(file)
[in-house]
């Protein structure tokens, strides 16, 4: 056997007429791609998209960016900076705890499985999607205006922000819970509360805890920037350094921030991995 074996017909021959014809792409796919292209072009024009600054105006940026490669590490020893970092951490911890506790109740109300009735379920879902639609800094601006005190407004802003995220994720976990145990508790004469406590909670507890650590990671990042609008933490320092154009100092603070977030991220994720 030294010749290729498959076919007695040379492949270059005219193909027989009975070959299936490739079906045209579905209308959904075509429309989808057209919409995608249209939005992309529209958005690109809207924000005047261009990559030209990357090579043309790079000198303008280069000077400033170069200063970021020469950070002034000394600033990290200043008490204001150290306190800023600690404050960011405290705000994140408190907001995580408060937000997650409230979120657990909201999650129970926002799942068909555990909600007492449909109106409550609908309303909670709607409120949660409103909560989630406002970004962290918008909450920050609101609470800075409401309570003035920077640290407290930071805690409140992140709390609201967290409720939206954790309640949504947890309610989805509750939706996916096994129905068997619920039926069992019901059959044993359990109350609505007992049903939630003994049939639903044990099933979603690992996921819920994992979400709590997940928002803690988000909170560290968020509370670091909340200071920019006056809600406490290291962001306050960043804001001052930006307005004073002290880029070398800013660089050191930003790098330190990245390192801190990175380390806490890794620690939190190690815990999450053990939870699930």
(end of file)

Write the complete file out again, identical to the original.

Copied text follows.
[in-house]
């Protein structure tokens, strides 16, 4: 056997007429791609998209960016900076705890499985999607205006922000819970509360805890920037350094921030991995 074996017909021959014809792409796919292209072009024009600054105006940026490669590490020893970092951490911890506790109740109300009735379920879902639609800094601006005190407004802003995220994720976990145990508790004469406590909670507890650590990671990042609008933490320092154009100092603070977030991220994720 030294010749290729498959076919007695040379492949270059005219193909027989009975070959299936490739079906045209579905209308959904075509429309989808057209919409995608249209939005992309529209958005690109809207924000005047261009990559030209990357090579043309790079000198303008280069000077400033170069200063970021020469950070002034000394600033990290200043008490204001150290306190800023600690404050960011405290705000994140408190907001995580408060937000997650409230979120657990909201999650129970926002799942068909555990909600007492449909109106409550609908309303909670709607409120949660409103909560989630406002970004962290918008909450920050609101609470800075409401309570003035920077640290407290930071805690409140992140709390609201967290409720939206954790309640949504947890309610989805509750939706996916096994129905068997619920039926069992019901059959044993359990109350609505007992049903939630003994049939639903044990099933979603690992996921819920994992979400709590997940928002803690988000909170560290968020509370670091909340200071920019006056809600406490290291962001306050960043804001001052930006307005004073002290880029070398800013660089050191930003790098330190990245390192801190990175380390806490890794620690939190190690815990999450053990939870699930």